I saw a portrait of myself the other day: it showed me sitting on a half high brick wall with my head turned, my great mouth lolling open in a goofy smile as I appeared to be talking to someone to the viewer’s left. I winced – it was not a good picture of me.
This particular portrait of me had added interest because of where it was placed. It had been blown up to great proportions and been painted on the side of a large brick building downtown, next to a parking lot, for anyone to look at who walked by. Many people were walking by. Hence the wince.
I stopped to look at myself in mild horror and mild fascination, and Edwin Nathaniel Dowdley, who was walking with me, stopped too, and came back for me. “Coming?” he asked. “How long has that been there?” I asked him. “Oh, that? A couple of weeks now. What’s the matter?” “What’s the matter, it’s awful, that’s all.” “Why awful? That’s what you look like,” he joked, but of course he was right, that was the problem.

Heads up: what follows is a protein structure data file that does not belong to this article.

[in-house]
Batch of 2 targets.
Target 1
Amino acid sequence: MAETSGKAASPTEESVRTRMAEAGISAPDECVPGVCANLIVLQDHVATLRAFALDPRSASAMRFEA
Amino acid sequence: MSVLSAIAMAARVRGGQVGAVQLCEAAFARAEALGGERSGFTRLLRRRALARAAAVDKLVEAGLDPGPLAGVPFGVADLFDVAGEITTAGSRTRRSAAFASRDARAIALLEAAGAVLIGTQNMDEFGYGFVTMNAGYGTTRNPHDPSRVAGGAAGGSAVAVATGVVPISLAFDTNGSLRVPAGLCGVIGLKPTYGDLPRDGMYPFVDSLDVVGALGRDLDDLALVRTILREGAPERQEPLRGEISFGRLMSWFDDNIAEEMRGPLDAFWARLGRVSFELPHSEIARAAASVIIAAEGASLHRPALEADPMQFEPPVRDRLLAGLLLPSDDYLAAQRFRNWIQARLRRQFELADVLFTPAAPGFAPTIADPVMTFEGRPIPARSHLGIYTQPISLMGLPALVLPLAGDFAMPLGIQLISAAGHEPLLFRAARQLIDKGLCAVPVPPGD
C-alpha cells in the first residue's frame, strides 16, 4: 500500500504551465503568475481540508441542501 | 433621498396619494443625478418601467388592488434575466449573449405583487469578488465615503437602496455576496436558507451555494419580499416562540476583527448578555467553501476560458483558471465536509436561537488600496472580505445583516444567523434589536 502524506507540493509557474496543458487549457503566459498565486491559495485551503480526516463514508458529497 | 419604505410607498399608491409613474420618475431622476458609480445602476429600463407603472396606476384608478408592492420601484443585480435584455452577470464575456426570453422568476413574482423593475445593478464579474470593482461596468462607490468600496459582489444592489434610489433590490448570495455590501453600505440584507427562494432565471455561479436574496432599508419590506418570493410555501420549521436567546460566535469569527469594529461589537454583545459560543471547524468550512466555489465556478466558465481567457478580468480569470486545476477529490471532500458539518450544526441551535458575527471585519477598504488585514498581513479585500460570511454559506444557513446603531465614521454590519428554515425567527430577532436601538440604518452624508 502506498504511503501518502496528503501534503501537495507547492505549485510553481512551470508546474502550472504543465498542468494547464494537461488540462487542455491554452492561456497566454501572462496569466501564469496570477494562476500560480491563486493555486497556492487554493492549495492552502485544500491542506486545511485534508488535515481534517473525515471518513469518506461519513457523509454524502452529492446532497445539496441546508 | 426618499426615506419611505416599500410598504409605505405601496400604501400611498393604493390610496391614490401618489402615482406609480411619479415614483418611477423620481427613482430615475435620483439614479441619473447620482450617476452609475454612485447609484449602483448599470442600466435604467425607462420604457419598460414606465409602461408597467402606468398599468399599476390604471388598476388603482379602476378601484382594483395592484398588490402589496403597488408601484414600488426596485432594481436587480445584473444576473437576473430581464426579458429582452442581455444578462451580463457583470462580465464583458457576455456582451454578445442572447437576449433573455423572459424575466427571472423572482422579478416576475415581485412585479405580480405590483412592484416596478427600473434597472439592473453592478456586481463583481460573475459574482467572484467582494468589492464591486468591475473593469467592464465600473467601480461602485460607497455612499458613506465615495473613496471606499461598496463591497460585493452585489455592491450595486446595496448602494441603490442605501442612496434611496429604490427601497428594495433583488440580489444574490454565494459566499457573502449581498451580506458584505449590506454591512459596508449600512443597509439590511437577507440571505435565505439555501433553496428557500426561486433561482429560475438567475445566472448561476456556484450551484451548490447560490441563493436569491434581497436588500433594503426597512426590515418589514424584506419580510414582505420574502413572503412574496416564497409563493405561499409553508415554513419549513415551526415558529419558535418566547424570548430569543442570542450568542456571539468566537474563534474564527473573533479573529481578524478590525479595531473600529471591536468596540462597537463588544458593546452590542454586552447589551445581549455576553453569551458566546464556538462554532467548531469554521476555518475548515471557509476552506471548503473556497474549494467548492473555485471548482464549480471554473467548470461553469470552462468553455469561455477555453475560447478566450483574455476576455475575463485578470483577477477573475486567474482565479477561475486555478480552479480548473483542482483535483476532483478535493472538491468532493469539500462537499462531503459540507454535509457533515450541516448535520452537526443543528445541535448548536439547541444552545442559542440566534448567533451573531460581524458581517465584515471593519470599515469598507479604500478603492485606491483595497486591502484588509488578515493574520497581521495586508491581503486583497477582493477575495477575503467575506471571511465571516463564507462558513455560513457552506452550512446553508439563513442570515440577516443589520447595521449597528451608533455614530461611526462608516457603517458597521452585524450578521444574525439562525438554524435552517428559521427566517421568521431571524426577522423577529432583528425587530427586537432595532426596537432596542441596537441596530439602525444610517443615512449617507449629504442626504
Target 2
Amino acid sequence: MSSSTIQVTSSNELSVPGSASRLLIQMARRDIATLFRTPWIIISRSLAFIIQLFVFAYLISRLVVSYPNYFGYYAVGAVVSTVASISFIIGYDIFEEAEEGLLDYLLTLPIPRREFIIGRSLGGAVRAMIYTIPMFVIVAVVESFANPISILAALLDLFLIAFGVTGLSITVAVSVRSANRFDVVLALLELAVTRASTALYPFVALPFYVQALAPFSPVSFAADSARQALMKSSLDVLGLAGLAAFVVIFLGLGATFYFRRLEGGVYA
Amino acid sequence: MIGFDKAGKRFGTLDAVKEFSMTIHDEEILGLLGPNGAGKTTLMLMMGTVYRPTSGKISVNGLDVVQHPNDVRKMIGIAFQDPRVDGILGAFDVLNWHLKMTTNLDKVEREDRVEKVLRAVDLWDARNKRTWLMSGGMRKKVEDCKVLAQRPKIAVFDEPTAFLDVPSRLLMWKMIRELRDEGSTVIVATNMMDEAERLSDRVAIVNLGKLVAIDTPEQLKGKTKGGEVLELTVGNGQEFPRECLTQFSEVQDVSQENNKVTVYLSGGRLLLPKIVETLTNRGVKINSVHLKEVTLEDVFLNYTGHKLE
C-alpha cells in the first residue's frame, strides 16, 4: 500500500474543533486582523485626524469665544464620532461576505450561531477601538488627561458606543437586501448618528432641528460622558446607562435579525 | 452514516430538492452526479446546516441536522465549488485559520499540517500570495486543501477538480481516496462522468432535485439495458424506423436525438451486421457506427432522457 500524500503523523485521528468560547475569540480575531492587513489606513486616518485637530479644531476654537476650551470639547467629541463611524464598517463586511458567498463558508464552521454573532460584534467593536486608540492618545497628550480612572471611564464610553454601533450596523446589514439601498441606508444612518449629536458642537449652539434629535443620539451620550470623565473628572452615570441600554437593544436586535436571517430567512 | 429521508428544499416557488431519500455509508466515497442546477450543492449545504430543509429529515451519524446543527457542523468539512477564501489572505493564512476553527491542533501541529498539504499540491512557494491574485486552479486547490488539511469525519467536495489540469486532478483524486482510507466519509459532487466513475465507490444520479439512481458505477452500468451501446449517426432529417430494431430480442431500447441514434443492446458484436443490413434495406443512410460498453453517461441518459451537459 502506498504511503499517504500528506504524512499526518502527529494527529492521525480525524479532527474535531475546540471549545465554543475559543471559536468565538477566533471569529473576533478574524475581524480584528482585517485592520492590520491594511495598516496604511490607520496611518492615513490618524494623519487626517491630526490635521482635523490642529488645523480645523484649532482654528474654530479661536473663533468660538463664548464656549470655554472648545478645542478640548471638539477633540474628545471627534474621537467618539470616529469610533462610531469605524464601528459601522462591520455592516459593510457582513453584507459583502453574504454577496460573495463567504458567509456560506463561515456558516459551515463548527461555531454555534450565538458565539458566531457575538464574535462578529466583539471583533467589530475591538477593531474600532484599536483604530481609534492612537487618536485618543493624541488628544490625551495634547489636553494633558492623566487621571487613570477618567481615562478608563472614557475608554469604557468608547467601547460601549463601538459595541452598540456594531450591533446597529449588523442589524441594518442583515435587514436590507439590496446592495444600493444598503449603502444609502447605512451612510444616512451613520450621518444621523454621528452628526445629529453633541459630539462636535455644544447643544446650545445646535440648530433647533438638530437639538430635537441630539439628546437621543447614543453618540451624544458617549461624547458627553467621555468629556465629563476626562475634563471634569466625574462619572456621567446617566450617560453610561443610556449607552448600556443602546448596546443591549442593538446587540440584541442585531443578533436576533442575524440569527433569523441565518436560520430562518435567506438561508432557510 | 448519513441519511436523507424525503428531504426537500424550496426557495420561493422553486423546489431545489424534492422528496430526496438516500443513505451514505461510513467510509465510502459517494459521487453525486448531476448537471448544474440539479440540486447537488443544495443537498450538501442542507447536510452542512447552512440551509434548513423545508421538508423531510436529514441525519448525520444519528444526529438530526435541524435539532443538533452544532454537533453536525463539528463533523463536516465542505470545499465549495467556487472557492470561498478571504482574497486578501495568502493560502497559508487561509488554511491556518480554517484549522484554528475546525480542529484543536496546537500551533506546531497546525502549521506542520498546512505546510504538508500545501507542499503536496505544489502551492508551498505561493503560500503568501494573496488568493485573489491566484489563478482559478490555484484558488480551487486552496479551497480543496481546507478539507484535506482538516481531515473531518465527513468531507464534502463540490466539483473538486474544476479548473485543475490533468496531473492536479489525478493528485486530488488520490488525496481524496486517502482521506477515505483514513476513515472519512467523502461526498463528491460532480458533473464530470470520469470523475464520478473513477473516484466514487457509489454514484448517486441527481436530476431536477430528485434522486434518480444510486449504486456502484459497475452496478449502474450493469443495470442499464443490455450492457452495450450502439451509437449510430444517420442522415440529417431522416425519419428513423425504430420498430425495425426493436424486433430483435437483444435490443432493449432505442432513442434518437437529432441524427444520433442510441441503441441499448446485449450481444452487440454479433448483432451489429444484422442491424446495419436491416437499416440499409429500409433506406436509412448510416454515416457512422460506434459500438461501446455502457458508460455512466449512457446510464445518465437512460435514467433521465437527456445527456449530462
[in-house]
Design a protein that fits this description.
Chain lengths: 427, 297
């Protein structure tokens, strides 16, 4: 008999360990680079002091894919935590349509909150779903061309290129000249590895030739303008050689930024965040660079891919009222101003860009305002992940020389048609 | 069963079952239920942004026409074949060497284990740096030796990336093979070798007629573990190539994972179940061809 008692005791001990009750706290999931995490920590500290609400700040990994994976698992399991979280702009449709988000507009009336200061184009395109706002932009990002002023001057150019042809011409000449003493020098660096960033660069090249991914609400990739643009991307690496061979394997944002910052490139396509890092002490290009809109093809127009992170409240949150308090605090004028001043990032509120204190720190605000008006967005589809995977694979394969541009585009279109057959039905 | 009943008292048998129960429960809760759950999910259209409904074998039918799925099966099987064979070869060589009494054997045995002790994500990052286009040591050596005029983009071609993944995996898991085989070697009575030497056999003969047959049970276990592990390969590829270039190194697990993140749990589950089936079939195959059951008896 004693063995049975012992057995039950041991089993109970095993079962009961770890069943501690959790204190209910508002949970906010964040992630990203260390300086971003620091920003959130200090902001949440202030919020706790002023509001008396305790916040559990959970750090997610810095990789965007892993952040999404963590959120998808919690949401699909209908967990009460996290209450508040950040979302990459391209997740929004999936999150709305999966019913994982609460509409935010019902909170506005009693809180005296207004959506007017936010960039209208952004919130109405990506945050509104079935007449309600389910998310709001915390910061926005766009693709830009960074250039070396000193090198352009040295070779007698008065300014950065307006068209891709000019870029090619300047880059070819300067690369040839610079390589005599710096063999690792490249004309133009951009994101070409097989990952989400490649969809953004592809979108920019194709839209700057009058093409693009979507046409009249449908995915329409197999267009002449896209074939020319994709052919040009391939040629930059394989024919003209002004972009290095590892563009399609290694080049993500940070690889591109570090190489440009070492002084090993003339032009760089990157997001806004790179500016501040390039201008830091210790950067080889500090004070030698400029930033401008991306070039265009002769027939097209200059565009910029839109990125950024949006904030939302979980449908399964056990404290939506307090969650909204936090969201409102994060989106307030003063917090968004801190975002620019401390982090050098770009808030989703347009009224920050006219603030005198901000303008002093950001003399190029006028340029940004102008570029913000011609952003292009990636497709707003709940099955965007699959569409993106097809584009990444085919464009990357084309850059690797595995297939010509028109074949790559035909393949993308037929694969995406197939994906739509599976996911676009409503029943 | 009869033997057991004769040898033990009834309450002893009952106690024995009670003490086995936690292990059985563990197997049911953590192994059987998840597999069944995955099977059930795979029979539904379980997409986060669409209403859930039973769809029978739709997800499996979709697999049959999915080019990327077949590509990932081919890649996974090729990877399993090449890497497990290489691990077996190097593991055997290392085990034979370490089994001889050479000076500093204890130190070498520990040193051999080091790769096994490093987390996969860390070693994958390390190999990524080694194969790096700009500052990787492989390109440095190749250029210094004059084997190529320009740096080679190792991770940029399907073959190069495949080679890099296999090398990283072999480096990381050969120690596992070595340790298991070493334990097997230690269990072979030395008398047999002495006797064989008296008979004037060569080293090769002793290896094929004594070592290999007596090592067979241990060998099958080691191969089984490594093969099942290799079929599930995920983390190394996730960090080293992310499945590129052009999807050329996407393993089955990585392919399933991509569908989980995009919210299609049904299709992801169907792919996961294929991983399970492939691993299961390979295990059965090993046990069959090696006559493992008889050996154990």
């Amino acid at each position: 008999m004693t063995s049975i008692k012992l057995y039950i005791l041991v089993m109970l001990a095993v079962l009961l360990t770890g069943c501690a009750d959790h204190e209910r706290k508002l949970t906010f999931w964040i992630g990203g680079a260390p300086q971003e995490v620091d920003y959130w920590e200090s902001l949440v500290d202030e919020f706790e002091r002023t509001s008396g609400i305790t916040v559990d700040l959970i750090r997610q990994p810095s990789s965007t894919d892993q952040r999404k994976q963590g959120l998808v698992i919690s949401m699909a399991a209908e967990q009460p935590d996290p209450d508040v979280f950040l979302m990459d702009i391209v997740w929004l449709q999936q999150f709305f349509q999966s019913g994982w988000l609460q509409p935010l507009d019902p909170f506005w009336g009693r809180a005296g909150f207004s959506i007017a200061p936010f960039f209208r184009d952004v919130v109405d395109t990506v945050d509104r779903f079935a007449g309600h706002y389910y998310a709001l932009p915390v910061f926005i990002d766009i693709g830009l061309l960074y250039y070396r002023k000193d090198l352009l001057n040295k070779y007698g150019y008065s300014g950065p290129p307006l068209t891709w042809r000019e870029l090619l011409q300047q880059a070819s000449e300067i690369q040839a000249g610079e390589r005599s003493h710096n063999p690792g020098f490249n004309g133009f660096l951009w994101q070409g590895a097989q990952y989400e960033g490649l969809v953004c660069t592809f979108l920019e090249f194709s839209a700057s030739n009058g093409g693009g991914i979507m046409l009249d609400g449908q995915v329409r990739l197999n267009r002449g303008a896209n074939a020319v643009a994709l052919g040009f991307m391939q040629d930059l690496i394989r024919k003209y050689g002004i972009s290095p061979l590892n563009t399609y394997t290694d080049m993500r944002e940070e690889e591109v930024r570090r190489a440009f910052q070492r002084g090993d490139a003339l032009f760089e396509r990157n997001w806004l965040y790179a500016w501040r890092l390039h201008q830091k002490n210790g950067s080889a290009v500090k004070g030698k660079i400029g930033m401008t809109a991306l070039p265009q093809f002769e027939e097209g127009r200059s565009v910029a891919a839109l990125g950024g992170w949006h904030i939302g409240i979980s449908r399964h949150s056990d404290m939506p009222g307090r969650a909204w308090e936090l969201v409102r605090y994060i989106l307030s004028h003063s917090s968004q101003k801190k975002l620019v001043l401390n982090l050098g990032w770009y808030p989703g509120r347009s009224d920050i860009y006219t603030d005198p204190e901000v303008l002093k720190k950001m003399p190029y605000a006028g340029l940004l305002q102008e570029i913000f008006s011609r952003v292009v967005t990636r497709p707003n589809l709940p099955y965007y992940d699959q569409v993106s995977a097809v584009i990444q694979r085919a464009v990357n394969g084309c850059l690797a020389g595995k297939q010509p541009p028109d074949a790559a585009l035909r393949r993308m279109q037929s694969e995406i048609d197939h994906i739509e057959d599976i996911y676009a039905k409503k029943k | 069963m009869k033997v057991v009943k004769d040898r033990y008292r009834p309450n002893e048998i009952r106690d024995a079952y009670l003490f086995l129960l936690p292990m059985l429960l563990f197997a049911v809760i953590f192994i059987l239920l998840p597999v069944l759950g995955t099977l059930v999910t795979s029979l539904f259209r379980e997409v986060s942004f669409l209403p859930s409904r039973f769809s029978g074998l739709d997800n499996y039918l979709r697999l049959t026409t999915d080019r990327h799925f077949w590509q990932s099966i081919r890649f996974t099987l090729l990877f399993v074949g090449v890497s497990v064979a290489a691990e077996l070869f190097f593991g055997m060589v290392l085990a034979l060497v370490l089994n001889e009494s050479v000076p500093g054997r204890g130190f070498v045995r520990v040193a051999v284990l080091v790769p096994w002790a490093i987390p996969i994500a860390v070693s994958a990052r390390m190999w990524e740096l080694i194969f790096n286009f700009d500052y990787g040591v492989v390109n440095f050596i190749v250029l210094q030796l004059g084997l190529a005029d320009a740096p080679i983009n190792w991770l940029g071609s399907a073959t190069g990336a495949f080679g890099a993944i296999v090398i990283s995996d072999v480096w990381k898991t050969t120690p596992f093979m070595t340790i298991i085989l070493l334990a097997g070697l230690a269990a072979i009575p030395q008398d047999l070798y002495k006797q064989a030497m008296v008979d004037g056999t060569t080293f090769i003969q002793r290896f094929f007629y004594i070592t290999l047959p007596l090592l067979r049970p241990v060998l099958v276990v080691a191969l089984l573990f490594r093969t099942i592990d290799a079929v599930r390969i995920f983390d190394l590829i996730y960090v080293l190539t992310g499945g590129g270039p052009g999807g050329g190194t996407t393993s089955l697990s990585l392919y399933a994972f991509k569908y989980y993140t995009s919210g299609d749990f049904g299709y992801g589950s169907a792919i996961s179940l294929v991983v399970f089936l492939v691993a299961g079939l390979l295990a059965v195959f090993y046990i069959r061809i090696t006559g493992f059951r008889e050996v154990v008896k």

“You’re right,” I said, “no good taking it down – I’ll still be walking around acting like that.”
“I wouldn’t bother about it. Everyone’s used to you. And they still like you – pretty well, anyways, eh?”
I took a copy of it and framed it, and hung it in my living room. Everyone else could look at it whenever they saw me, but I knew I probably needed to see it more often. It was me saying, “This man with the funny mouth and all that extra real estate on the side of his head, that is me, I guess. And I can be happy with that.” It’s just a little jarring the first time you see it. It has made me a kinder person.